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At Marianne's Delicatessen, oompah music wafts from the speakers, bratwurst steams on plates, a poster advertises Oktoberfest, ceramic steins decorate a wall and customers line up to buy rich pastries.

For many years, that has been the scene at Marianne's, 149 W. 200 South.But recently some new items appeared: bits of concrete from the Berlin Wall selling for $14.95. Or a $2 packet of crumbs from the infamous wall, along with a tiny replica of the Brandenburg Gate and a certificate of authenticity.

The souvenir sales point up the intense excitement of Utah's German-American community over Germany's reunification, scheduled for Wednesday. Many have been moved almost to tears by the astounding events of the past year.

When the two Germanys merge, however, many problems will remain, says the delicatessen's proprietress, Marianne Young.

"I think it's really great, but to be honest . . . it's far off from being one Germany," she said. To her, the western part of the country is a technicolor slice of the modern world, while East Germany is drab gray.

"East Germany, everything is down, because for 45 years they didn't have any cement, they didn't have any color to fix up the houses, everything is falling apart," she said.

Young is from Werdau in Saxony, East Germany. She escaped in 1950 and came to Salt Lake City in 1953.

The change to a free system will be difficult for many, she predicts. It will take at least five years before the eastern side is up to par.

For example, schoolchildren were force-fed a diet of atheism for decades.

In 1975, the last time she visited her relatives in East Germany, she said that as a Mormon she intended to go to church. But children said, "Oh, Marianne, you're not going to church - there is no God," she recalled.

"I said, `Who said there's no God?' " And the answer came: "My teacher told me so."

East Germany was deeply depressing, she said. "I could not take it anymore . . . Those people really were in prison. It was like a big prison."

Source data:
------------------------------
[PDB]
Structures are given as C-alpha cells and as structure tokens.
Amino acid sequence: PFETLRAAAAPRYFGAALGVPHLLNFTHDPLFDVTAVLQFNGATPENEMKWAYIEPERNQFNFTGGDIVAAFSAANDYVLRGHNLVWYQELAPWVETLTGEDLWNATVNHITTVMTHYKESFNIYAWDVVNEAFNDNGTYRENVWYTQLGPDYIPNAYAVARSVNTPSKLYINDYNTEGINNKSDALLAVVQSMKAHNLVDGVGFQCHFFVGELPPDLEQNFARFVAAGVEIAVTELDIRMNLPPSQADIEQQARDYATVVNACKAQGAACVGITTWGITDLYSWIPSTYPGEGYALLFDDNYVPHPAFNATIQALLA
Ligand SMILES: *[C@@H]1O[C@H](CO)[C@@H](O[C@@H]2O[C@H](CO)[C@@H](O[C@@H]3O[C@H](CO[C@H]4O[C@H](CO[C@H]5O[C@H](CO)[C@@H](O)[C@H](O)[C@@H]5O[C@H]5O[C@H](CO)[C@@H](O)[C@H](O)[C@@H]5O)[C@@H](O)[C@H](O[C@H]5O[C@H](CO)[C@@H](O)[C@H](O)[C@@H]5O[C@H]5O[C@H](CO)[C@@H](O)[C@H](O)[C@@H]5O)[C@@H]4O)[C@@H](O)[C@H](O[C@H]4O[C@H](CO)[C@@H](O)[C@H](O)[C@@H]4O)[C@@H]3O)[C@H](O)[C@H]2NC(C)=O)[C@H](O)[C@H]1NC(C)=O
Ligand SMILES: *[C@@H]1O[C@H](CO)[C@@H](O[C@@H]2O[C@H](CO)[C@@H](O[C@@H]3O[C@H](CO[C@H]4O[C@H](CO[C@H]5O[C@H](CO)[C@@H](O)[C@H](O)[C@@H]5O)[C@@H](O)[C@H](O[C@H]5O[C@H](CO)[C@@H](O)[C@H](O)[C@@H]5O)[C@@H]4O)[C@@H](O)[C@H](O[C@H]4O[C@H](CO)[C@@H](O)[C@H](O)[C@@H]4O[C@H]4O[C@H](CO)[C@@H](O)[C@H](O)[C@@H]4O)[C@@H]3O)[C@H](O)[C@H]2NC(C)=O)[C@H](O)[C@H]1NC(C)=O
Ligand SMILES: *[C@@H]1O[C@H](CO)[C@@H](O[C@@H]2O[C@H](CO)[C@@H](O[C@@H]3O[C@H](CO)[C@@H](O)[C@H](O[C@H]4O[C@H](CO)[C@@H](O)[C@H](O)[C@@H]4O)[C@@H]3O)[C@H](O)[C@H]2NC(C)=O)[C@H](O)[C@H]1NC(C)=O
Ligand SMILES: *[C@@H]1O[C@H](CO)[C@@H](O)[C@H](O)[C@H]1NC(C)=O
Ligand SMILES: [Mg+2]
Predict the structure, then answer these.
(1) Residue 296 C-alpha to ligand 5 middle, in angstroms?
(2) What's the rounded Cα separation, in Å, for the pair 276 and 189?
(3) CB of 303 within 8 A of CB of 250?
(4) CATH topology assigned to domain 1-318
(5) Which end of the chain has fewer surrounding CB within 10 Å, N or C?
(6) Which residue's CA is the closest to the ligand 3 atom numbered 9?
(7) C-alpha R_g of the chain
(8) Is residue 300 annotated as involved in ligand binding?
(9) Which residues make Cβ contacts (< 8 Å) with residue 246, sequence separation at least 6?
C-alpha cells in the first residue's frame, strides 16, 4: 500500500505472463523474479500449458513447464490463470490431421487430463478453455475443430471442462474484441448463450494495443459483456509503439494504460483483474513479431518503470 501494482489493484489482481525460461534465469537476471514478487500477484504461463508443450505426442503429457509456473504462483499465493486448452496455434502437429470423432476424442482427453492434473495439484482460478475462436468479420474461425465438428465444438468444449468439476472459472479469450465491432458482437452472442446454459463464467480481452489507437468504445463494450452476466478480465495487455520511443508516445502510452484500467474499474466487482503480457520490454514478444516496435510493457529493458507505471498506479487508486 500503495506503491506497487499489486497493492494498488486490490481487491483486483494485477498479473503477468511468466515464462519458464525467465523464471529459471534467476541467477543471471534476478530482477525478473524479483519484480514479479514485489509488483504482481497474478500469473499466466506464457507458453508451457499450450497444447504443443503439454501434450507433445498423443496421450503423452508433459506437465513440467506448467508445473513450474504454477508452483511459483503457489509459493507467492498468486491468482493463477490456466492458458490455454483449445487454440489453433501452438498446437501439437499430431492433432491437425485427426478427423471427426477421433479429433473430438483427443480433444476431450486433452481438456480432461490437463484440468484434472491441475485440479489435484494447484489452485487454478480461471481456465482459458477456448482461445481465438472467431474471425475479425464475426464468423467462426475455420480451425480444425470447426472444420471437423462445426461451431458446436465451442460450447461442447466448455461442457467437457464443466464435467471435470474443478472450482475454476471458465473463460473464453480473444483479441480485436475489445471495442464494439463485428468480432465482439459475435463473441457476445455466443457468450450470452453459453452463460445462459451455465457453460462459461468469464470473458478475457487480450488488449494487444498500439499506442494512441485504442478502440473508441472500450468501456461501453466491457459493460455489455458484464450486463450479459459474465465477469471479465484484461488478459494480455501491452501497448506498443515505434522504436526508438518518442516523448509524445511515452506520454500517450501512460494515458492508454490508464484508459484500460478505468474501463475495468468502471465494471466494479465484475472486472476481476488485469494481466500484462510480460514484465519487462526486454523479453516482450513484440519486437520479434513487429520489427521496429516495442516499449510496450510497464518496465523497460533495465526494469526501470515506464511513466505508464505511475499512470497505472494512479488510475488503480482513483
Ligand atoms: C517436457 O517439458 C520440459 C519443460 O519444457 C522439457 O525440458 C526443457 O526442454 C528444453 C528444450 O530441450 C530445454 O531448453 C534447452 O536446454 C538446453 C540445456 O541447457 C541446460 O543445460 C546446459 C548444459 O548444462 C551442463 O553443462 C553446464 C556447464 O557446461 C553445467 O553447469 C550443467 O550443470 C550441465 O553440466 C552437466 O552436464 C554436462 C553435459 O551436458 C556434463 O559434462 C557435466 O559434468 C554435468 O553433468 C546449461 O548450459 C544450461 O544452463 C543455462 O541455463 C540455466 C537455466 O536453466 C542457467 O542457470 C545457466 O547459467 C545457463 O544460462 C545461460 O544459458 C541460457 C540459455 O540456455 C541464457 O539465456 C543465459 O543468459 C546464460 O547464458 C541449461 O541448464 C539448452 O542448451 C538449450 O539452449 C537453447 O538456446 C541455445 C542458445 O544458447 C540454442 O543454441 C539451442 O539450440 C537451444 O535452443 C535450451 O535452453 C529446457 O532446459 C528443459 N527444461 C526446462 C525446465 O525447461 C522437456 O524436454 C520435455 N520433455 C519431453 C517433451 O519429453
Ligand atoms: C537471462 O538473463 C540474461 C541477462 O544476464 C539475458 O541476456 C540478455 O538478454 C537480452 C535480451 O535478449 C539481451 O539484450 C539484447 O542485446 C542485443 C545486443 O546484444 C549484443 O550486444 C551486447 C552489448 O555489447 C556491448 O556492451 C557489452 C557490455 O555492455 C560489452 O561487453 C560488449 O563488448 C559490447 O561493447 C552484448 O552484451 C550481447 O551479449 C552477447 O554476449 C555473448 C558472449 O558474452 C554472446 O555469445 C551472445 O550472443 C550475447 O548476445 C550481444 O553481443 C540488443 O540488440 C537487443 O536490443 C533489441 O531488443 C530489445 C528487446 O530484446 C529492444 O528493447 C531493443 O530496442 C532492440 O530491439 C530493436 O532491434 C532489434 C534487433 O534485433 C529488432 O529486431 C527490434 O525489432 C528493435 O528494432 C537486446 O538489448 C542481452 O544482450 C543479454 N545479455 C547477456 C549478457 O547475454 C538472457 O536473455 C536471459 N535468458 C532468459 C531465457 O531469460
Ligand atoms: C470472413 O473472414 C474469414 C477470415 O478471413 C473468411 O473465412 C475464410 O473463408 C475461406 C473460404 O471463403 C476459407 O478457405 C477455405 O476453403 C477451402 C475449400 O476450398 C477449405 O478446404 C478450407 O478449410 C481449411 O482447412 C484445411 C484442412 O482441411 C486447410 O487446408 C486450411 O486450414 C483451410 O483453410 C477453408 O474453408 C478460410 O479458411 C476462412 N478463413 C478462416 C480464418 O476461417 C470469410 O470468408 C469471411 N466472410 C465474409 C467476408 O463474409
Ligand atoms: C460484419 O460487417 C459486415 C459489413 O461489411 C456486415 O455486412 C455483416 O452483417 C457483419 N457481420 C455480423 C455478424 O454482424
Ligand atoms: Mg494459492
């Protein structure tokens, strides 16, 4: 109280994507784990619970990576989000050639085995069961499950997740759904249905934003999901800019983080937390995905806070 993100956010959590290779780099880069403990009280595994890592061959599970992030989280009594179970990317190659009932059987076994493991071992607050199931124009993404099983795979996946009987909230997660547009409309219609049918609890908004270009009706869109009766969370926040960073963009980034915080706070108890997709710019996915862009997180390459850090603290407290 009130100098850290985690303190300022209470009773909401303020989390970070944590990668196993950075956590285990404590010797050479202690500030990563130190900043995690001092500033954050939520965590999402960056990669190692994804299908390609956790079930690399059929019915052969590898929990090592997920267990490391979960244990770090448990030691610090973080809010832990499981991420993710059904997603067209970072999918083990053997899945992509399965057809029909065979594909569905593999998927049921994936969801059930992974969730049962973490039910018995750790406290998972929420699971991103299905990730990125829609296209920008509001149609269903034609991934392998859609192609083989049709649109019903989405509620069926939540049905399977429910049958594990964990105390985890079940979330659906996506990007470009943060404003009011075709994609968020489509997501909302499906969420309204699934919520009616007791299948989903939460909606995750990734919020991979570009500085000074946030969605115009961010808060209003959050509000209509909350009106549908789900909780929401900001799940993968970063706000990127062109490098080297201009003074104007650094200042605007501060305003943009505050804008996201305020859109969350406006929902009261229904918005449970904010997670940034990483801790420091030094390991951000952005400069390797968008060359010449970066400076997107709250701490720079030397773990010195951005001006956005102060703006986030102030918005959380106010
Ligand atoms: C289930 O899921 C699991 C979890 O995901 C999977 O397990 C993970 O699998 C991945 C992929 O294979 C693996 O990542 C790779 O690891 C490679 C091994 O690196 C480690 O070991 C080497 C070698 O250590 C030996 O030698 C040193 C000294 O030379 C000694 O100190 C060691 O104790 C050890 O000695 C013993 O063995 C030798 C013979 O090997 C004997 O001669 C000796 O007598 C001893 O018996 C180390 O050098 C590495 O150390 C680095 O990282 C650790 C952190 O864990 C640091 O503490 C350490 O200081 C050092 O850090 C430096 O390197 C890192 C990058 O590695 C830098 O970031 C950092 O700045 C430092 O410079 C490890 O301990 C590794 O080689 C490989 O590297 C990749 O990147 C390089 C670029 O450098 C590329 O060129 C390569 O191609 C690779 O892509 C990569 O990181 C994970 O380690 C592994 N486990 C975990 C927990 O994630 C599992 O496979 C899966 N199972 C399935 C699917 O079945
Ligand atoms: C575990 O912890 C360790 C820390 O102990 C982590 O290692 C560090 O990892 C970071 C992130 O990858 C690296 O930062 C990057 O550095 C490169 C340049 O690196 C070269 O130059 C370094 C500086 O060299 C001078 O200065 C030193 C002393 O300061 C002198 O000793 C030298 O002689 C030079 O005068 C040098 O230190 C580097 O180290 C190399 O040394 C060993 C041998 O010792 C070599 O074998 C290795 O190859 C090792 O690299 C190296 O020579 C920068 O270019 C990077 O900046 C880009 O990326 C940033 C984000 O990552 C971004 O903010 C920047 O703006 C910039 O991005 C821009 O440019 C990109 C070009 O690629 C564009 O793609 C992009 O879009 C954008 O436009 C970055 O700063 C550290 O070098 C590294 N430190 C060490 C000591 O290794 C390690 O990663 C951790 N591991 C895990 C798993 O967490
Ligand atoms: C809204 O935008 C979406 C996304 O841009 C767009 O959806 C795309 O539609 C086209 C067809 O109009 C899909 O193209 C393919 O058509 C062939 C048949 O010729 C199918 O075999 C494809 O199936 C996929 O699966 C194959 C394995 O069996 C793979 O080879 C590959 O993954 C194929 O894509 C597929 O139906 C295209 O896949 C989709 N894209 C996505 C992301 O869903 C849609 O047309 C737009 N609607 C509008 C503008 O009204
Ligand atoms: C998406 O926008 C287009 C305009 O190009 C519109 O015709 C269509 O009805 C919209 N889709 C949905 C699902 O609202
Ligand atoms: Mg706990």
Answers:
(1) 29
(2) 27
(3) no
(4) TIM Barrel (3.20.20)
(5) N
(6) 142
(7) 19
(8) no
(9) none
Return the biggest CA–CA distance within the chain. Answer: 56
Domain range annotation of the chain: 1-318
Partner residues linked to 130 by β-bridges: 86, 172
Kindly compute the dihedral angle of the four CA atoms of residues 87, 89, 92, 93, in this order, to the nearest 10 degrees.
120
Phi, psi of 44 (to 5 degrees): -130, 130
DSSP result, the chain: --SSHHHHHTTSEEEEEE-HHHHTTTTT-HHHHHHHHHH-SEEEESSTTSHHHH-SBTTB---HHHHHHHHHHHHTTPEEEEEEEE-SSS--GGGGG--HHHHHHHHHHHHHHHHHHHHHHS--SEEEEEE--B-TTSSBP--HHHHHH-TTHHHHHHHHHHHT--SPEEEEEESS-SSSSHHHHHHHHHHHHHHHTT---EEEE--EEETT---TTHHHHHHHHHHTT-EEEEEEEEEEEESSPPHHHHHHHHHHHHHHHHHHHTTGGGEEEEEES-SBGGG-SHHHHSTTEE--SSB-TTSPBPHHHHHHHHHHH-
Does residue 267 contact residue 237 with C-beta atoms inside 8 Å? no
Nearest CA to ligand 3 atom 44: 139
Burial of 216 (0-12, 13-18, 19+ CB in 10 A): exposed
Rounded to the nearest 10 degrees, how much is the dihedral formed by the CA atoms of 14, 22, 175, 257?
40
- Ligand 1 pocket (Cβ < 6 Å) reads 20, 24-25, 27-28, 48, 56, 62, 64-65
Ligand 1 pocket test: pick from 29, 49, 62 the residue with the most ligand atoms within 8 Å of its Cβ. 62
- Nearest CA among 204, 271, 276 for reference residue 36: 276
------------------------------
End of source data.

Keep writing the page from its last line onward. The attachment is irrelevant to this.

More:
The residents couldn't travel where they wished or take the kind of vacation they wanted, she said. "If you were a (communist) party member, you could go to the Baltic Sea, you could go to Moscow, you could go everywhere. And the rest had to stay home."

Petra Pabst, a professional singer who will perform at the Assembly Hall on Temple Square at 7:30 p.m. Wednesday to celebrate the reunification, is one of the thousands of brave people who caused it all to happen.

Pabst is from Leipzig, East Germany, and participated in the weekly demonstrations that eventually pulled down the communist regime.

"It's super," she said Friday of the reunification. "It means freedom."

She and her Salt Lake friend, Eva Hegewald, who served as interpreter, had just purchased German bread at Siegfried's Delicatessen, 69 W. 300 South.

Speaking German, Pabst recalled the action that brought down the communists.

"Monday nights were regular demonstrations," she said. Hegewald added of her friend, "She was always in the middle of it."

Hegewald said people have been calling Leipzig the "city of heroes" because of the demonstrations that started there. There were no apparent leaders of the protests - just thousands of Germans calling for freedom.

Pabst said the police would come in and try to break up the demonstration "with guns, dogs and police sticks." Some of the protesters would be injured, some arrested.

But the following Monday night, the demonstrators would protest again, "even though they were very scared.

"And the older people went to the police and said, `Hey, stop this. How could you do this to your brothers?' "

Eventually, even the police joined the demonstrations, and the hard-line government fell.

Hegewald herself, and her husband, escaped from East Germany back in the 1950s, when it was dangerous to attempt to leave. Speaking of the pending reunion of Germany, Hegewald said, "Every time I think about it, tears come to my eyes."

Others in Utah's German-American community, which numbers about 25,000, mostly from the East, are also enthusiastic about the change.

"It is very, very important," said Ellen Moulding, who lives in Hooper, Weber County.

She was born in Schleswig-Holstein, West Germany. Her mother is from East Germany but lives on the western side of the border.

"The overriding feeling is a great feeling of deep happiness, but then there's the awareness that this is a great challenge for the German people," said Moulding, who came to America in 1972 along with her American husband and their eight children.

"I'm going back on the 11th of October, and my sister and my mother and I will go together and visit East Germany."

She added, "We're going to visit those cousins in East Germany . . . and all the others that I have never met."

Moulding compares the reunification to a prisoner of war coming home to his wife after many years apart.

"You know, they have been longing for each other . . . one day he comes home and there's a great celebration, and everybody is just so happy, and they rejoice; great rejoicing and happiness.

"And then they settle down to everyday life, and the difficulties are getting visible now. They have kind of grown apart. They are very different now from how they were when they first knew each other."

To make matters worse, in this case, the former prisoner happens to be an invalid now, she said - meaning that the East German economy is in ruins.

"Instead of being better off financially they are worse off."